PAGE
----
Texas already boasts that among all of the states we are in the top five in low wage jobs. Almost every economic prognosticator of future success emphasizes the future of the American economy and wealth depends on knowledge and having a qualified productive workforce. It does not take a genius to figure out that Texas will not attract a great deal of high-tech industries with a low-skilled, poorly educated workforce.

So long as Texas continues to depend on property wealth as a principal source of our basic educational facilities, we will continue to have problems. While conservatives are quick to retort that you can’t fix education with money alone, they fail to recognize the fact that you can’t do it without money.  

They also fail to realize the cost of ignorance is far greater than the cost of delivering a quality education.  

The policy of having a state system of public education depending on funding by local districts of unequal wealth will always lead us to problems in equality and fairness--not the least, in more instances than not, it will lead to poor quality education for a significant portion of future generations of Texans.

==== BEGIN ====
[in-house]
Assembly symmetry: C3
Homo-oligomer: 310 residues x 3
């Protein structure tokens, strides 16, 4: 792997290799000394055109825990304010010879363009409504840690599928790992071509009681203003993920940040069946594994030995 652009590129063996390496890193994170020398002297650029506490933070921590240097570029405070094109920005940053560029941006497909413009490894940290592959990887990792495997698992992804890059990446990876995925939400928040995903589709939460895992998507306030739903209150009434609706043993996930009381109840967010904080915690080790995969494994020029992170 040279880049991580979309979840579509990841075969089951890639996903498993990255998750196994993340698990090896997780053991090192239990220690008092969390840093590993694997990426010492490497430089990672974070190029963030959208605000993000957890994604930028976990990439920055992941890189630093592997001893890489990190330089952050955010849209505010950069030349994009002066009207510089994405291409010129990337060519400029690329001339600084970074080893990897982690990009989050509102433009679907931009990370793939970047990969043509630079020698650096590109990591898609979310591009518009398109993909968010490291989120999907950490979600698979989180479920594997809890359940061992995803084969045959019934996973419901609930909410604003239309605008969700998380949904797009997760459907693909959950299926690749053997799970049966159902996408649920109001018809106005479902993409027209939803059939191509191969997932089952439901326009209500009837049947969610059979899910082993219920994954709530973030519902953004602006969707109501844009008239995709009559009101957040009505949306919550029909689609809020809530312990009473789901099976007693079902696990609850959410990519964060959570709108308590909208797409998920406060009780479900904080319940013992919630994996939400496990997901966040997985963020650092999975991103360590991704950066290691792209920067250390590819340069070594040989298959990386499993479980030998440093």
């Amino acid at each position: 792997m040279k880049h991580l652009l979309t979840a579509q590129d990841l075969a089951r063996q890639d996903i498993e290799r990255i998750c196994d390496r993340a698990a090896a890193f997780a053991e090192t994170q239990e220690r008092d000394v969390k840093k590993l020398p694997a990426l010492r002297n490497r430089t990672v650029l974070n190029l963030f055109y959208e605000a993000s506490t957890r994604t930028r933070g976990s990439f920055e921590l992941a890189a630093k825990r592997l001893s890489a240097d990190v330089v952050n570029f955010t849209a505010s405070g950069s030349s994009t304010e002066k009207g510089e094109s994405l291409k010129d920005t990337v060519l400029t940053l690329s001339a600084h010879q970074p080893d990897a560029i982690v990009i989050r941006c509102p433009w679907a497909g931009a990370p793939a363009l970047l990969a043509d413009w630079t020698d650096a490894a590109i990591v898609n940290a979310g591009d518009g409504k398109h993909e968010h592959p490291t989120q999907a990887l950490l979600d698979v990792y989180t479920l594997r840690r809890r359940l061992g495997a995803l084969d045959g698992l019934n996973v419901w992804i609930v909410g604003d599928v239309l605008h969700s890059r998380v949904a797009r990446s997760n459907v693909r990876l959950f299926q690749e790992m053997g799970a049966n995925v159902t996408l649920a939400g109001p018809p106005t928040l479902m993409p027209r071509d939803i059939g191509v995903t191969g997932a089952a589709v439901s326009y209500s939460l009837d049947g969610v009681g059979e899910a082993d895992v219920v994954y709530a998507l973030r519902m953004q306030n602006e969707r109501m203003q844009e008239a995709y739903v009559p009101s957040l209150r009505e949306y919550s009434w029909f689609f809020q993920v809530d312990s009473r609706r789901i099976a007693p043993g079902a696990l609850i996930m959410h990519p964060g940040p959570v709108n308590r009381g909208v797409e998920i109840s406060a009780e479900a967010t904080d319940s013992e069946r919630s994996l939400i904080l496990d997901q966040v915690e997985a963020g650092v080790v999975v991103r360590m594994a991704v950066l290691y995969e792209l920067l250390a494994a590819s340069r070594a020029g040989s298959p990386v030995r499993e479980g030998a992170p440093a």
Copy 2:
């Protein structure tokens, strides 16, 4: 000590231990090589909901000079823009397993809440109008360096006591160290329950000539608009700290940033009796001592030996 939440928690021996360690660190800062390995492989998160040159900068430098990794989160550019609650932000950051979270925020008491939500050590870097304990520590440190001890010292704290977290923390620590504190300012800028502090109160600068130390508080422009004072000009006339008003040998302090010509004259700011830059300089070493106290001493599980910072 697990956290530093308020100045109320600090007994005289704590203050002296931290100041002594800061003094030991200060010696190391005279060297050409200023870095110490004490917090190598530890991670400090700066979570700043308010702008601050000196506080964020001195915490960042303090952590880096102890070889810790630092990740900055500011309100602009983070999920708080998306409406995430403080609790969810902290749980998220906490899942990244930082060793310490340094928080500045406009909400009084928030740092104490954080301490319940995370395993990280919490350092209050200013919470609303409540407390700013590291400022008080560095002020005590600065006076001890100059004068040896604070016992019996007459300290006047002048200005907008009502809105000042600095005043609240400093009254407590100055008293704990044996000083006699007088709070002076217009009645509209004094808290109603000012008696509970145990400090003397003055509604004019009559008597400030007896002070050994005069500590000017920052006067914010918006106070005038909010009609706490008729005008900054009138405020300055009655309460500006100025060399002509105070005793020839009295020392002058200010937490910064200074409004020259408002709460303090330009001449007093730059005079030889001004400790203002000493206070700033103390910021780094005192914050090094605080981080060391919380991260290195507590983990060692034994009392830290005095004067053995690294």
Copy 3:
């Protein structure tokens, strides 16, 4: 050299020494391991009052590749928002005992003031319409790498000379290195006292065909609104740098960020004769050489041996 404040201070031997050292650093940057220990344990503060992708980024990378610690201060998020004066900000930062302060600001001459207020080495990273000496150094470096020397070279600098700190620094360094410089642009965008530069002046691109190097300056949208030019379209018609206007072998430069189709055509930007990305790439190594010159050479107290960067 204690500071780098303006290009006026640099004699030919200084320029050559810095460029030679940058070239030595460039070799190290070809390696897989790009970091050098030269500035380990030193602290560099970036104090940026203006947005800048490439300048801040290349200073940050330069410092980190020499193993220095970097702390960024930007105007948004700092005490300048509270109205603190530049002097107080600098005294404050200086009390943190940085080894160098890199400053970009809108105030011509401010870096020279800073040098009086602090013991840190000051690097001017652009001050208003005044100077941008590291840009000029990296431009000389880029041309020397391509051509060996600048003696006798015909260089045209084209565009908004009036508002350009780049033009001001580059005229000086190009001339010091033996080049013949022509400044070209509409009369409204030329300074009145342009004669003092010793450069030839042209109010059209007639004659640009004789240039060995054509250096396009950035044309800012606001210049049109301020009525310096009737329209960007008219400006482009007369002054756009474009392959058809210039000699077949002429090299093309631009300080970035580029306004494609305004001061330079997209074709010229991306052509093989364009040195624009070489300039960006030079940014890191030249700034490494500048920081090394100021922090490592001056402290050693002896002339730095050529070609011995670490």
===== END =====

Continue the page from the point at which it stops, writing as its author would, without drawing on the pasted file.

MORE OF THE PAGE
Until Texans realize this and get over their aversion to any form of new tax, no matter how much better it may be than old taxes, Texas is destined to lag behind--not only other states of the United States, but the world.

Tuesday, May 6, 2014

Why too many miss an important concept about the law of tort...

I read an an editorial in the Beaumont Enterprise recently with which I agree.  I will readily admit this is not an everyday occurrence with me, particularly when reading some of their conservative editorial opinions.

The paper editorialized in favor of more stringent regulations with stronger penalties related to the manufacture of automobiles. I wholeheartedly agree the same is needed. The thing about the editorial, however, is that the editorial writers of the Beaumont Enterprise have overlooked the very best way to assure product safety. What I’m talking about is the law of torts as it existed prior to all the conservative, Republican, giant corporation assault.